HS816 Chemical Stimulation of Plant Growth of Vegetables in Florida1 Charles S. Vavrina2 1. This document is HS816, one of a series of the Horticultural Sciences Department, Florida Cooperative Extension Service, Institute of Food and Agricultural Sciences, University of Florida. Original publication date October 2001. Reviewed April 2008. Visit the EDIS Web Site at http://edis.ifas.ufl.edu. 2. Charles S. Vavrina, professor, Horticultural Sciences, SWFREC-Immokalee, Florida Cooperative Extension Services, Institute of Food and Agricultural Sciences, University of Florida Gainesville, 32611 The Institute of Food and Agricultural Sciences (IFAS) is an Equal Opportunity Institution authorized to provide research, educational information and other services only to individuals and institutions that function with non-discrimination with respect to race, creed, color, religion, age, disability, sex, sexual orientation, marital status, national origin, political opinions or affiliations. U.S. Department of Agriculture, Cooperative Extension Service, University of Florida, IFAS, Florida A. & M. University Cooperative Extension Program, and Boards of County Commissioners Cooperating. Larry Arrington, Dean Introduction Florida farmers cultivated about 290,000 acres of vegetables in 1997, forty three percent of which were established from transplants. While possibly best known for tomato production, Florida's sweet corn, potato (fresh and chipping), watermelon, and snap bean acreage all rival that of tomato. Like farmers everywhere, Florida growers want healthy plant growth and development that is free of disease and insect pressure. To raise better crops, Florida growers often avail themselves of chemical opportunities to stimulate plant growth and increase yields. The following discussion will focus on chemical plant growth regulators (PGR's), often called biostimulant products (seaweed extracts and various hormone mixtures) as opposed to classical uses such as ethylene for in-field fruit ripening or anti-GA's for growth control. Surveys In December 1998, Florida's vegetable extension agents were asked to contact 2 growers who used PGR's to help document crop use acreage and satisfaction with their products. The survey, while admittedly limited in scope, revealed that PGR's were used in all major vegetable production areas throughout the state with the exception of a corridor from Gainesville northwest to Quincy. PGR products were used on all the major vegetable crops on a total of about 12,300 acres and satisfaction ranged from poor to fair. Products that appeared repeatedly in the survey results included Acadian Seaweed (Acadian Seaplants, Dartmouth, Nova Scotia), Early Harvest (Griffin Corp., Valdosta, GA), Folizyme (Stoller Chemical, Houston, TX), Goemar (Agrimar Corp., Atlanta, GA), Key Plex (Morse Enterproses, Miami, FL), and Triggrr (Westbridge, Vista, CA). A survey of three local purveyors of these products in the Immokalee/Homestead area documented sales on over 40,000 acres of vegetables treated with PGR's in south Florida alone. These figures in conjunction with county agent survey results would bring the total vegetable acreage treated with PGR's to slightly greater than 52,300 or approximately 17% of Florida's total vegetable acreage. It is suspected this number is an underestimate.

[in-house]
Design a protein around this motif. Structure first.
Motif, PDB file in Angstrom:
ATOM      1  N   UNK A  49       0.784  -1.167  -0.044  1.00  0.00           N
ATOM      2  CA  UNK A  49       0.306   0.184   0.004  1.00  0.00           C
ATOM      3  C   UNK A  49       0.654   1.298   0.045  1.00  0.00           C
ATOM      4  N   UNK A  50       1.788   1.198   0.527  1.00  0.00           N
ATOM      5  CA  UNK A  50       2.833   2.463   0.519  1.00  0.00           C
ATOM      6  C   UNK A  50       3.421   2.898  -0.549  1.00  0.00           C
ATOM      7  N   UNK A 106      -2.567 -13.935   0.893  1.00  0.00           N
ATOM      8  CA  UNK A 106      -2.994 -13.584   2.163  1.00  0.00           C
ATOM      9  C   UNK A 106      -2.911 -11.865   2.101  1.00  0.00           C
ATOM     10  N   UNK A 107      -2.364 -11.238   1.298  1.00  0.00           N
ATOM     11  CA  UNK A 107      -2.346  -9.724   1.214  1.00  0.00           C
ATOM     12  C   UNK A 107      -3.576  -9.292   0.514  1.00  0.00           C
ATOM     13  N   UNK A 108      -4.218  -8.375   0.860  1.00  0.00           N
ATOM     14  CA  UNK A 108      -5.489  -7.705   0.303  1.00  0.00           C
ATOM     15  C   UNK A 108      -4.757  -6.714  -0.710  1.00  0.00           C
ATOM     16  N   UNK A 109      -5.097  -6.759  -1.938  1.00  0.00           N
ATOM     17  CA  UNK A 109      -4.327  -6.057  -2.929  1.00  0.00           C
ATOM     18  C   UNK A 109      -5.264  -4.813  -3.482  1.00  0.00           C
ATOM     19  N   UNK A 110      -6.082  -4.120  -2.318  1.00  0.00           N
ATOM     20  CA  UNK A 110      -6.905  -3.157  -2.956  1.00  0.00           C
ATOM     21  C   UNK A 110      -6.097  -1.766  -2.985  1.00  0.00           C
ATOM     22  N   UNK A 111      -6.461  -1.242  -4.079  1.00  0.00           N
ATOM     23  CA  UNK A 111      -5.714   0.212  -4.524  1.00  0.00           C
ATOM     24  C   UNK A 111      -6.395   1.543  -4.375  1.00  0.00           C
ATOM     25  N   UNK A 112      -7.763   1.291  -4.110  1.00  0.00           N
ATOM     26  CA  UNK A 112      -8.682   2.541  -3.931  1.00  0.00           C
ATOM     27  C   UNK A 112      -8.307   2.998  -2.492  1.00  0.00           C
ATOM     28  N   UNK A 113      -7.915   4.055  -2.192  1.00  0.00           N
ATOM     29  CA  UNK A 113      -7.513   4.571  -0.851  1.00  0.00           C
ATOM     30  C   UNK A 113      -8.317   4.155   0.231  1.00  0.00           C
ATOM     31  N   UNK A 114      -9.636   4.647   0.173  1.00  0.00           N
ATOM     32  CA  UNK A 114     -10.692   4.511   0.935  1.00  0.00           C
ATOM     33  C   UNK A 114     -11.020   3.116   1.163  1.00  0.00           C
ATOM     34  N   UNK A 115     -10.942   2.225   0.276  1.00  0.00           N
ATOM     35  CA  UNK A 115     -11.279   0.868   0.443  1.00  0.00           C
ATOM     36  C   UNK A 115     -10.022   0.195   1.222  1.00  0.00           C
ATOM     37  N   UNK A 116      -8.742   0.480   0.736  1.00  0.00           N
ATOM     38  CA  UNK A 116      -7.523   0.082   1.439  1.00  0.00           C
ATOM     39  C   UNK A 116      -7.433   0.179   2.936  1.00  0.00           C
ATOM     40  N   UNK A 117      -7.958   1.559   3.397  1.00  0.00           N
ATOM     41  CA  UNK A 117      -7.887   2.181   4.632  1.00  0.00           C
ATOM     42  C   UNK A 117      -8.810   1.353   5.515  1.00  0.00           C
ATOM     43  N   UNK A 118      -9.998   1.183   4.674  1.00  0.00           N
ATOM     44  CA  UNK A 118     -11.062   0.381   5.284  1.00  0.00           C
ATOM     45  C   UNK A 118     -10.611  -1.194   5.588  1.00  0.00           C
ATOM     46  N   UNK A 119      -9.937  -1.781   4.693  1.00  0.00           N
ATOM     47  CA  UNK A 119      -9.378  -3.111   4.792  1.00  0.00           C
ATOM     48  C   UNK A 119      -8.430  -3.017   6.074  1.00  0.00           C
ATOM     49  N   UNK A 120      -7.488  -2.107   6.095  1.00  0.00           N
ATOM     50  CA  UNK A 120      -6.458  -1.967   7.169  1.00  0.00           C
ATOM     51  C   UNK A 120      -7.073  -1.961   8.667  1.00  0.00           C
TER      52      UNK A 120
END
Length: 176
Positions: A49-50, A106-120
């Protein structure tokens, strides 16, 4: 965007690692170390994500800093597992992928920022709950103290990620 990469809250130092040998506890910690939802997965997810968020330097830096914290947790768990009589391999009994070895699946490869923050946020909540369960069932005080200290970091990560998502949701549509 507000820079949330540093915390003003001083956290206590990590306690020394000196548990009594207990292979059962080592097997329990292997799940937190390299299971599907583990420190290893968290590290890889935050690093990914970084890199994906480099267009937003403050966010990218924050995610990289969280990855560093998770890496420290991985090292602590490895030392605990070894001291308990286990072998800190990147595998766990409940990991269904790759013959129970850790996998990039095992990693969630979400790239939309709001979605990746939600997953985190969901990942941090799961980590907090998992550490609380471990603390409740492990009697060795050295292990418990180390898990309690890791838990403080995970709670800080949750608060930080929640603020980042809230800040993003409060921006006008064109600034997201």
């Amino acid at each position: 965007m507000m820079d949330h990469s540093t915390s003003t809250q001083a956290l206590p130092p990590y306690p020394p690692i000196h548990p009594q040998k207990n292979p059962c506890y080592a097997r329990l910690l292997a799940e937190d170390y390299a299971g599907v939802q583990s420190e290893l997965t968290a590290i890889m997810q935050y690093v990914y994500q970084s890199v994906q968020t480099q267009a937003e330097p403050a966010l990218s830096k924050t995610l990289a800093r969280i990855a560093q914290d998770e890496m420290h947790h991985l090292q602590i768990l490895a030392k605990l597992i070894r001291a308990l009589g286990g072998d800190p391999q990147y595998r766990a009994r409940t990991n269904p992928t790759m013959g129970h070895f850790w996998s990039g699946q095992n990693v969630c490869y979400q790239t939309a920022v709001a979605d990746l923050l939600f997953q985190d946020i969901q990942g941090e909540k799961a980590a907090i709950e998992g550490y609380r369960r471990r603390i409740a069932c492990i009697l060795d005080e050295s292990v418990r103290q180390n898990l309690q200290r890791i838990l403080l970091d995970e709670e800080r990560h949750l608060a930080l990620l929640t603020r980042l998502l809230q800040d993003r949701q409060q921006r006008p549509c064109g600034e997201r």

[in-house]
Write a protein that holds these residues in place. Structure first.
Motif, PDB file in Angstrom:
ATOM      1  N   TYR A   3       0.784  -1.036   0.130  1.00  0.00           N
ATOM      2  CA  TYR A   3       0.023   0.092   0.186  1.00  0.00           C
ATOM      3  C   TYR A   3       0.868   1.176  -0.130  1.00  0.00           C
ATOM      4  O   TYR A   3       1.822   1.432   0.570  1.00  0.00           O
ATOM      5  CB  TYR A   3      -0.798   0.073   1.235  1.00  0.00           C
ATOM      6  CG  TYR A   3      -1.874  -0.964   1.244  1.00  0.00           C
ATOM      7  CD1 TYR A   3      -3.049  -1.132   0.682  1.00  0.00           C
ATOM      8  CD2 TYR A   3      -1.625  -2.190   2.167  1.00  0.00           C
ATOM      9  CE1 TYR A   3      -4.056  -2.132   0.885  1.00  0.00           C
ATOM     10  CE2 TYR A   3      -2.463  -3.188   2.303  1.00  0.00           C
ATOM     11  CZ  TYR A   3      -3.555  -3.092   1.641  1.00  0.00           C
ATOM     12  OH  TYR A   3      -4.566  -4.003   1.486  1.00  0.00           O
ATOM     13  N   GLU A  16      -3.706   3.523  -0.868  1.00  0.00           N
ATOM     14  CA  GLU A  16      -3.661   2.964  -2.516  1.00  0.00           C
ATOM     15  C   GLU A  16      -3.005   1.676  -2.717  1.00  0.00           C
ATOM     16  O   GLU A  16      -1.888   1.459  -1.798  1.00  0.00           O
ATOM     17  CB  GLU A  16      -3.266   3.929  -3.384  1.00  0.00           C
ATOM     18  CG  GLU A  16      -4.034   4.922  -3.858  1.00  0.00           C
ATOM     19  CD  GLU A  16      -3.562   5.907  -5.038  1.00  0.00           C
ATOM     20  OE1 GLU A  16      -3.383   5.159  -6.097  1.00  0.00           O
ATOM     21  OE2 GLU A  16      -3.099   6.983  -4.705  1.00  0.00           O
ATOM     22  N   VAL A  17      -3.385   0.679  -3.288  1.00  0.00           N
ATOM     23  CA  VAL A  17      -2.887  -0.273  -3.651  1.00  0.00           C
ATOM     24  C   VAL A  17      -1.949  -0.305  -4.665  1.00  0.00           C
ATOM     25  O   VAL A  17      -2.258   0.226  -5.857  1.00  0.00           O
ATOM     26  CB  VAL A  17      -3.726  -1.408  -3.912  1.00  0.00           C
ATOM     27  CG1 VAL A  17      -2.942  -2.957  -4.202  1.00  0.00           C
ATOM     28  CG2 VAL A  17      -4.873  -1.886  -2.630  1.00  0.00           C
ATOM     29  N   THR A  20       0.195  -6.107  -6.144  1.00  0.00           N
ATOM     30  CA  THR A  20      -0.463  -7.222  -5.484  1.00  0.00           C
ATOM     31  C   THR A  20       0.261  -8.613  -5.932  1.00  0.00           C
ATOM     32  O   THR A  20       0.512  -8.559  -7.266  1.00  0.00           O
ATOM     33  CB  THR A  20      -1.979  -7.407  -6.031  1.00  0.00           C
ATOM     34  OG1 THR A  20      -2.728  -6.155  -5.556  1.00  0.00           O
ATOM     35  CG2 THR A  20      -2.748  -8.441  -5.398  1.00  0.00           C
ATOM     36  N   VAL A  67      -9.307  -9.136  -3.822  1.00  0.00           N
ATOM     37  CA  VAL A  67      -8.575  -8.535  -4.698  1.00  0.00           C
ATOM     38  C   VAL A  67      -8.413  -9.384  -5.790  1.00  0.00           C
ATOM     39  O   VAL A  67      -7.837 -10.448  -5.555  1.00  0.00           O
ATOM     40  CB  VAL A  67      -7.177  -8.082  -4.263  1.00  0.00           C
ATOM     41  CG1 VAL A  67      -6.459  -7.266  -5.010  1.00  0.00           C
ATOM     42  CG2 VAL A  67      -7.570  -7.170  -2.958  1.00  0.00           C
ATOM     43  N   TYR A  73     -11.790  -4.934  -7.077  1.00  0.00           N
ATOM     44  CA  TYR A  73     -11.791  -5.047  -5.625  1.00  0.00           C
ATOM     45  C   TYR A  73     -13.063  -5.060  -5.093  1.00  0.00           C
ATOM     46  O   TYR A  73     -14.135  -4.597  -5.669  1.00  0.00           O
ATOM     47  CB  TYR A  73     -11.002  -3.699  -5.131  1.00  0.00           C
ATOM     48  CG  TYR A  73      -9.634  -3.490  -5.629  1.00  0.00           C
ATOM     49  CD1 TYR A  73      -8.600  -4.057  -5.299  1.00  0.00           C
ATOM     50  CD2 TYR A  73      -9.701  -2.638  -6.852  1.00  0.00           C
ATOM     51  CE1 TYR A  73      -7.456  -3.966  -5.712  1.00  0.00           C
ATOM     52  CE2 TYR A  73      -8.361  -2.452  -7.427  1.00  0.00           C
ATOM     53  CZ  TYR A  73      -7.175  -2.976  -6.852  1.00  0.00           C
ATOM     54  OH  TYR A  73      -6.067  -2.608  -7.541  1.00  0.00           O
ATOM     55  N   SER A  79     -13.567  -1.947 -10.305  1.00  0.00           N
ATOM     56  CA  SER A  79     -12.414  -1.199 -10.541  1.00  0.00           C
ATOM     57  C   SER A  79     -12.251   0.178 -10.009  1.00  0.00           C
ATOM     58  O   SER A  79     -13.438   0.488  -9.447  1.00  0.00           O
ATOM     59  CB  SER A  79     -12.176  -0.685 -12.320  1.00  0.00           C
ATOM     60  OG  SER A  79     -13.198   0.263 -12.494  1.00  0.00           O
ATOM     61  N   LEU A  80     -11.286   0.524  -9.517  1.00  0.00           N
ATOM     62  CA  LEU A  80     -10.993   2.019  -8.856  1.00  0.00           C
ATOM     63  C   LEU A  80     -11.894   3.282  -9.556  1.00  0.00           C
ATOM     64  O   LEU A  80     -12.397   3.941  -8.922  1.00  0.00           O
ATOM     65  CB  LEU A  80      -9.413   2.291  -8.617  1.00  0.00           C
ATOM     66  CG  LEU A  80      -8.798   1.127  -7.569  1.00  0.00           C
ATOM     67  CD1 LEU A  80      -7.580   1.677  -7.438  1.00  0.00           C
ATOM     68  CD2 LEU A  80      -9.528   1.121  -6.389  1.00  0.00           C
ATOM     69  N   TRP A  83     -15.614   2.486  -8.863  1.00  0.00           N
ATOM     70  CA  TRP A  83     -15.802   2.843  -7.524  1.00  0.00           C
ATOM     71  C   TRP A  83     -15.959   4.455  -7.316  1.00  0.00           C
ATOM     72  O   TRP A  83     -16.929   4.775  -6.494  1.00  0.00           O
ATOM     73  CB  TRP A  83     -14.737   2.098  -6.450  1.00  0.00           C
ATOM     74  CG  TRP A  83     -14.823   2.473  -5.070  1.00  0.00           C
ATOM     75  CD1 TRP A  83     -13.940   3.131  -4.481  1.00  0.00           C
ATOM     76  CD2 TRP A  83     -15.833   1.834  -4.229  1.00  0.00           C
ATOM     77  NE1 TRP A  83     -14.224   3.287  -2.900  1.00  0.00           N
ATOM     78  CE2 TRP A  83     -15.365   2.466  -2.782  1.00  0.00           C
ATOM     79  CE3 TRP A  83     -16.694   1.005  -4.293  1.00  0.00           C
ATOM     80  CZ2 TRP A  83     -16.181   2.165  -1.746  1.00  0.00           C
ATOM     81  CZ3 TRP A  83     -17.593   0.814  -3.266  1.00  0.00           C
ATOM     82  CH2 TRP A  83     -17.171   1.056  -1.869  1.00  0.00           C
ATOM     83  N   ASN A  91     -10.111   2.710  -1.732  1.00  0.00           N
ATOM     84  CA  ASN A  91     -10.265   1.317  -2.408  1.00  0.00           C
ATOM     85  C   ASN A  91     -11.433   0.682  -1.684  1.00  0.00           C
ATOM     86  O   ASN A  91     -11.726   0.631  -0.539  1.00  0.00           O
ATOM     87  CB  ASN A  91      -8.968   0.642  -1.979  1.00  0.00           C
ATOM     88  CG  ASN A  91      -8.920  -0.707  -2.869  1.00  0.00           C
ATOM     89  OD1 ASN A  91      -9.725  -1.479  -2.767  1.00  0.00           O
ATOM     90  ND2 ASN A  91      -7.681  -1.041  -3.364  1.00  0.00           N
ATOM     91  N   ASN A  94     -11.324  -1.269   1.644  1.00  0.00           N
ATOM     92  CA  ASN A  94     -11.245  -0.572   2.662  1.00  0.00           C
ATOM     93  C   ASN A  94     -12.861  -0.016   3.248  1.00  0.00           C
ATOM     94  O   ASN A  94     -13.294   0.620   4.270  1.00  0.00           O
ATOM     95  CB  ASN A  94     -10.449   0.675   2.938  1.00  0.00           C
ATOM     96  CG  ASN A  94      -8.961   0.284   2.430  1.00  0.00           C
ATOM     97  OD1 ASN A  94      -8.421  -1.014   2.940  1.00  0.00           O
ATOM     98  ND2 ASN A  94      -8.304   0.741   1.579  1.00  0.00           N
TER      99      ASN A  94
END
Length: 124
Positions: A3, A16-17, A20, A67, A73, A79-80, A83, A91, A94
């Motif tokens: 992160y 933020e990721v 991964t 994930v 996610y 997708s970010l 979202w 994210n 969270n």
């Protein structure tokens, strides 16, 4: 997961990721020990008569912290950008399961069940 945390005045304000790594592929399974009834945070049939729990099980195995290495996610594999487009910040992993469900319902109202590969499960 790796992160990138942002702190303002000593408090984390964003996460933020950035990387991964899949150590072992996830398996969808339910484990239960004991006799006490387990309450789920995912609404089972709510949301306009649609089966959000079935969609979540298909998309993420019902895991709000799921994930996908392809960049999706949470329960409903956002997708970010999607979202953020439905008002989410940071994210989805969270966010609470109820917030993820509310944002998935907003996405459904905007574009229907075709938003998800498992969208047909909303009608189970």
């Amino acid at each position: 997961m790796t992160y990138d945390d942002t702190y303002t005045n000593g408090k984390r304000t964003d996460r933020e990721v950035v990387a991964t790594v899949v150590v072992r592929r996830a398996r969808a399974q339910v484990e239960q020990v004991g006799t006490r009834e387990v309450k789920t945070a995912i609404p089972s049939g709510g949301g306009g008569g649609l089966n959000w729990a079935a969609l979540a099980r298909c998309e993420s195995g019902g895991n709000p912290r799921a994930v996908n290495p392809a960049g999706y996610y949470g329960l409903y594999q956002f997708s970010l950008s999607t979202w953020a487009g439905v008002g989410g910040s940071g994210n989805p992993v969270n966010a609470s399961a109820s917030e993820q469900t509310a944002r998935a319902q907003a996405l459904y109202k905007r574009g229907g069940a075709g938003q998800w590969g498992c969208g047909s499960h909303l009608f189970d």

Chemical Stimulation of Plant Growth of Vegetables in Florida 2 Phrases that surfaced during discussions with growers, suppliers, and agents about the performance of PGR products included: "inconsistent results from year to year" "better performance under stressful conditions" "everybody has one, but they are generally too expensive for regular use" "snake oil" Trial Studies Csizinszky (1996), who has more published works than anyone in Florida on the subject, sums up five years of tomato PGR research on both spring and fall crops thus: inconsistent results increased fruit size and yield one year, but not the next a tendency to increase the uptake of micronutrients resulting in phytotoxicity cultivars vary in response to application foliar application is the most efficacious route Our lab (SWFREC) has documented crop to crop response variation with mode of application (Fig. 1), critical timing and rate issues that complicate efficacy (Fig. 2), and general non-significance across the board regarding yield. With such a diversity of variation in "controlled" trials (cultivars, mode of application, rate and timing) one can see why researchers and growers alike have reached the conclusion that these products are inconsistent. However, statewide use figures seem to indicate some growers may still believe the beneficial effects of PGR's outweigh the inconsistent results. Figure 1. Crop response to mode of PGR application. Figure 2. Rate & timing issues with PGR application.